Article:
The White House formally nominatedby sending his nomination to Senate for confirmation.
Wray released a written statement Monday evening, saying he was "honored and humbled" by Mr. Trump's nomination.
"From my earliest days working with agents as a line prosecutor to my time working with them at the Department of Justice in the aftermath of 9/11, I have been inspired by the men and women of the FBI – inspired by their professionalism, integrity, courage, and sacrifice for the public. If confirmed, it will be a privilege and honor to once again work with them," said Wray.
He added that he looks forward to the confirmation process and pledged his "complete commitment to fairly and honorably protecting our country and upholding our Constitution and laws."
Mr. Trump announced he would nominate Wray three weeks ago on Twitter, calling him a man of "impeccable credentials."
If confirmed, Wray will succeed James Comey, who was fired by Mr. Trump in May, and who recentlyabout events leading up to his termination.
Wray helped lead the Justice Department's efforts to address corporate fraud scandals and served on the President's Corporate Fraud Task Force, overseeing the Enron Task Force as part of his role. He was also integral in the DOJ's response to the attacks on September 11th, 2001, playing a role in the oversight and legal operational actions in the war on terrorism.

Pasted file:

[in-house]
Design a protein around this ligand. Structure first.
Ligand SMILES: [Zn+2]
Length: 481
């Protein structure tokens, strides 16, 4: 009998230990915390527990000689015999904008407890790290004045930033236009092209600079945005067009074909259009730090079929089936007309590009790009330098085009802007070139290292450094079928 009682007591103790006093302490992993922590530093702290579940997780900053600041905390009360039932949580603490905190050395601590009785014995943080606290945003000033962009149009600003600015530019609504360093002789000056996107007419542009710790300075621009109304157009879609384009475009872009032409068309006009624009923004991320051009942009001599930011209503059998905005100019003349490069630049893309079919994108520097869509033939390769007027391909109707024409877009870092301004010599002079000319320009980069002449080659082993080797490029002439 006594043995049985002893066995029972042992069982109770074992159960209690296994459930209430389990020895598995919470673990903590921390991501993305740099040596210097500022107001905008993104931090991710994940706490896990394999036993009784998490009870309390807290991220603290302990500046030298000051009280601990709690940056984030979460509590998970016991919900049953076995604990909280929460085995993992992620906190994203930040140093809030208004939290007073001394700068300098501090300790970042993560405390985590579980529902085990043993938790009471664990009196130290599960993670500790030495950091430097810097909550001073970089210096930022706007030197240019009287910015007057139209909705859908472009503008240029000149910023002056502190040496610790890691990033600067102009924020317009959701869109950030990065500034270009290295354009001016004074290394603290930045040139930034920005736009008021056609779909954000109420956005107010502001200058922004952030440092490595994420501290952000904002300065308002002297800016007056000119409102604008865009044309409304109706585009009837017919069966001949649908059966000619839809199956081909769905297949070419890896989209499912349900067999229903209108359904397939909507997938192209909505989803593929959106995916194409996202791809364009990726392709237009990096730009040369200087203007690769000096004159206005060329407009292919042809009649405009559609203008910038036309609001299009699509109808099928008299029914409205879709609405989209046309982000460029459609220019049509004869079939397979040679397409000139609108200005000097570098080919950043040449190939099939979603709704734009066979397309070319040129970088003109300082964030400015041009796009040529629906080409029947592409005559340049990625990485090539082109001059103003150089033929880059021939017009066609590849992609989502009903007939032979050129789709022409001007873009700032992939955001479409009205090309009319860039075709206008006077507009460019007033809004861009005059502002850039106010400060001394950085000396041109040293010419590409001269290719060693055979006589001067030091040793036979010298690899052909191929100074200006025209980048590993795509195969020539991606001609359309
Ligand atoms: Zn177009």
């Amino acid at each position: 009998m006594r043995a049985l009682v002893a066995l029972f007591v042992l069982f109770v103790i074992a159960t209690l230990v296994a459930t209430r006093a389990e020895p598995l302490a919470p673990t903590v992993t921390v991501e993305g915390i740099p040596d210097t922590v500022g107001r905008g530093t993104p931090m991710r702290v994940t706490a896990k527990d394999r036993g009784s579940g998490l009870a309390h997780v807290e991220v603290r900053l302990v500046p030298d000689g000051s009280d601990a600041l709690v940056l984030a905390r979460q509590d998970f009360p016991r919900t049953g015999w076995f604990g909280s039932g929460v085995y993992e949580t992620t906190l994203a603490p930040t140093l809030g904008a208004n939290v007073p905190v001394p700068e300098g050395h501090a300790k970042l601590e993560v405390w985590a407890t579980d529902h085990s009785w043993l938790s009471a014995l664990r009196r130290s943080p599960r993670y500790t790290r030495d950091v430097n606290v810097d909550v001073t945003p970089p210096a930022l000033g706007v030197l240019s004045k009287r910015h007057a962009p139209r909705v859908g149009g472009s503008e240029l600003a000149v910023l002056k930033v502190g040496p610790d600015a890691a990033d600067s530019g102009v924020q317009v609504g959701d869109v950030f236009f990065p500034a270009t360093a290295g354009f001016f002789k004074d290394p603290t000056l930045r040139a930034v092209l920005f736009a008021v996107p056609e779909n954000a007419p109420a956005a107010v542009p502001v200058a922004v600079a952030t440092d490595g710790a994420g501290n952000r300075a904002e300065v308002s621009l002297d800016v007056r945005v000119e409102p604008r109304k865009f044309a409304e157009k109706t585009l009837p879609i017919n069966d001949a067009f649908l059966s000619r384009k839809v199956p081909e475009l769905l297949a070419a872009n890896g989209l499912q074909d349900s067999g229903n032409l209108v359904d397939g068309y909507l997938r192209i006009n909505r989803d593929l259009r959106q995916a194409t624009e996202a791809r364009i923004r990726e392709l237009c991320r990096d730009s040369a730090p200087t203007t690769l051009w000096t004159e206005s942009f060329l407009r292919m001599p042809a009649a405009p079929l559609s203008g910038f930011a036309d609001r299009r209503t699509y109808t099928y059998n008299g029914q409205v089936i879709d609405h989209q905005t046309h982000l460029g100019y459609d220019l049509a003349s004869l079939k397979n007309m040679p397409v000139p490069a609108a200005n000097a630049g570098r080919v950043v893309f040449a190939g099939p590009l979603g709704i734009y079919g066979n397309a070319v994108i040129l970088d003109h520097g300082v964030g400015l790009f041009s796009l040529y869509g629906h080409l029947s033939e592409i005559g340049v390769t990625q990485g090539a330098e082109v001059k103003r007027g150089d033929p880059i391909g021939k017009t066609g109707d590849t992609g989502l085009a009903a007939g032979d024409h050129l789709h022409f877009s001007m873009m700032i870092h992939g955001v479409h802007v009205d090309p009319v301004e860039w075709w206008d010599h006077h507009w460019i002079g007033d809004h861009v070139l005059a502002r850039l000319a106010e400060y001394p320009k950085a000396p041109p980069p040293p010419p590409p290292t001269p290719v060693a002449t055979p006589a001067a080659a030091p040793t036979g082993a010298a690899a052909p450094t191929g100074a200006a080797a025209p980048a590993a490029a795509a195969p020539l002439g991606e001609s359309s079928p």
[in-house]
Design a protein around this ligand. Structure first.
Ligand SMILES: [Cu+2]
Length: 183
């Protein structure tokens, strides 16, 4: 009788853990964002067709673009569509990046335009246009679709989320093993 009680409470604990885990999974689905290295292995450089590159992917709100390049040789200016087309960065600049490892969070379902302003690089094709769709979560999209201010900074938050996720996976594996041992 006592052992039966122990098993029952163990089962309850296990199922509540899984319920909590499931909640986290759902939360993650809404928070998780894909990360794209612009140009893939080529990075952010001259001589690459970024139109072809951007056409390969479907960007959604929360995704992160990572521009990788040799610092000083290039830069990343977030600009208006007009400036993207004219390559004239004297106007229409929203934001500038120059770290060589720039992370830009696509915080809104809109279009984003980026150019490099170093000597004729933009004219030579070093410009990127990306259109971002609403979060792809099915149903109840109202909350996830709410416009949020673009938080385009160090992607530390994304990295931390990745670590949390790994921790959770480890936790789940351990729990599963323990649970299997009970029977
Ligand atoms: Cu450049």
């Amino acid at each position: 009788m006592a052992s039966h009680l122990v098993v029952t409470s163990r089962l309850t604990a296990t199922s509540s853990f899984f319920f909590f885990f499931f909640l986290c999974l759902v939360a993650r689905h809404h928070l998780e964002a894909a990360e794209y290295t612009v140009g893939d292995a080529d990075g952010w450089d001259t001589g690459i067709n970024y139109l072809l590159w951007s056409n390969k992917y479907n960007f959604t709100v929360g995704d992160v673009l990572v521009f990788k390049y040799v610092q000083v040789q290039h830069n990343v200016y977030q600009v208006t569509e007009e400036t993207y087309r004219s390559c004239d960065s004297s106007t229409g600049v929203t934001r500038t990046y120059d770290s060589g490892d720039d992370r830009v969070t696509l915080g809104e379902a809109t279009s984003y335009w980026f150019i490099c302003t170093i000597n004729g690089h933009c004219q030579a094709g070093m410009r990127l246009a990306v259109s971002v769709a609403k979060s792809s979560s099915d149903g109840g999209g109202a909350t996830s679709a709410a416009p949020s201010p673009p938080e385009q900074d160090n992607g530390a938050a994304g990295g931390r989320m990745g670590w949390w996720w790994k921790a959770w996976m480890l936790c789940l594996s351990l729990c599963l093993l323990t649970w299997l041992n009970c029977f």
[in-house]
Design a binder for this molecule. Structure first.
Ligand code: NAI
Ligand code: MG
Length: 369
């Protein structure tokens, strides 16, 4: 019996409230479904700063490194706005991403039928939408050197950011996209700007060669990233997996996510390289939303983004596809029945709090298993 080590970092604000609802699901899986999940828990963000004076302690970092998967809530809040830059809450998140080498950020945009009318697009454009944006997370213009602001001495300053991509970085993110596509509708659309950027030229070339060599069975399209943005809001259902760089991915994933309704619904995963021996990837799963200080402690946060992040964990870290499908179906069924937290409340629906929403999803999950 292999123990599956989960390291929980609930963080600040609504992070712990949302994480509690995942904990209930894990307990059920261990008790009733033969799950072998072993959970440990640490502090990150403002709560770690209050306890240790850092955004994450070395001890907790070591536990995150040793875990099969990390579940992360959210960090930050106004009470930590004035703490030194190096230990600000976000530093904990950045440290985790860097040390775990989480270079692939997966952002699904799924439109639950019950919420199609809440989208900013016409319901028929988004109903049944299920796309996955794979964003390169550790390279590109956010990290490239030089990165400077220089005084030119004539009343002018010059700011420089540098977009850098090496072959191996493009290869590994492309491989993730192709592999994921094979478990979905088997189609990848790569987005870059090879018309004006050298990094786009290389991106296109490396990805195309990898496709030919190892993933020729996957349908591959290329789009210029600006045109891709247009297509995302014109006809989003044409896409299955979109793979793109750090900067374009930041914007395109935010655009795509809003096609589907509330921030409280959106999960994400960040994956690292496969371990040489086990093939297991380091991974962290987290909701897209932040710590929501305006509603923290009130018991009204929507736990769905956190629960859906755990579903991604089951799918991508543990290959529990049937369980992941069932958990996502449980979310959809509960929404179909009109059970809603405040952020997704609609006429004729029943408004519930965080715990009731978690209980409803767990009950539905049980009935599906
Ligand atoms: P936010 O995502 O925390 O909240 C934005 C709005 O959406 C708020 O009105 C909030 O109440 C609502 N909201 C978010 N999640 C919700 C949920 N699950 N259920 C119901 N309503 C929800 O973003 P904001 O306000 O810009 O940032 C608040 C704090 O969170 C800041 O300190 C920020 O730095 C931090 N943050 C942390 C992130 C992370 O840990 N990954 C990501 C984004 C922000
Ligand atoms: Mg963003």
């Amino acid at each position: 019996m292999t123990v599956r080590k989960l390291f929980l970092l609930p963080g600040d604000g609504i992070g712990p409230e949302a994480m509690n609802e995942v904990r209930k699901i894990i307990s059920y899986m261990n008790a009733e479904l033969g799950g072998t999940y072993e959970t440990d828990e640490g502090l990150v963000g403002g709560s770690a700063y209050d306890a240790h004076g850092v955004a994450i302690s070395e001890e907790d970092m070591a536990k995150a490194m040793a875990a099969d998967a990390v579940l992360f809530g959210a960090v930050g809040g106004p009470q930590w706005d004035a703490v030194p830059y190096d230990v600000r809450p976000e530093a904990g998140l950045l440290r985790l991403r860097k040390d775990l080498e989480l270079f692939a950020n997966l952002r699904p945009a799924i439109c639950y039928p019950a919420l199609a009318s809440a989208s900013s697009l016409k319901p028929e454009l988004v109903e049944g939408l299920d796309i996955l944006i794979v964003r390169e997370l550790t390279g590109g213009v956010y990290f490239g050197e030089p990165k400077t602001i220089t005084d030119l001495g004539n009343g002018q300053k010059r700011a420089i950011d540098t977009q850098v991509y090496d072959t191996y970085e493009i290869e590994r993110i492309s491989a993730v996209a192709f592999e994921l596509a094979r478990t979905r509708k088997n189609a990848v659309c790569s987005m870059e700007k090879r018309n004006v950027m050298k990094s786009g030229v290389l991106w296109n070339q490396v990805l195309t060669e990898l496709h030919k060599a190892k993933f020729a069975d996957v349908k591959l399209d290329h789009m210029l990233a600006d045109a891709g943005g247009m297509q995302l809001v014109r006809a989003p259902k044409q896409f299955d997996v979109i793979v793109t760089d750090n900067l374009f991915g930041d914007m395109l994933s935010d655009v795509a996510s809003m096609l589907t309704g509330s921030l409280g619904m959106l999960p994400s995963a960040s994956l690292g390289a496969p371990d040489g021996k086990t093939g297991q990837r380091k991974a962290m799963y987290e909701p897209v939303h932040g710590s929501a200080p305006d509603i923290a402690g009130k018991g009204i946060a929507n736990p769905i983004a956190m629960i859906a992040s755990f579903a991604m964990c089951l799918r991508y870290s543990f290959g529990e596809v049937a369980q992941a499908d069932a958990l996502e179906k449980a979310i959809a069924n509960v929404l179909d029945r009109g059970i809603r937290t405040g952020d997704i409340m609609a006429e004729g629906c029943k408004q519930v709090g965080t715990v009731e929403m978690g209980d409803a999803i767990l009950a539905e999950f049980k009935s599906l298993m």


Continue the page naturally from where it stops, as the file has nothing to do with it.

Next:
If confirmed, he'll come to the FBI amid the ongoing investigation into Russian meddling in the 2016 election. Although FBI's investigation has been taken over by Special Counsel Robert Mueller, he'll continue to use some FBI resources to help carry out his probe into any connections between the Russian government and Trump campaign associates.
CBS News' Paula Reid contributed to this report
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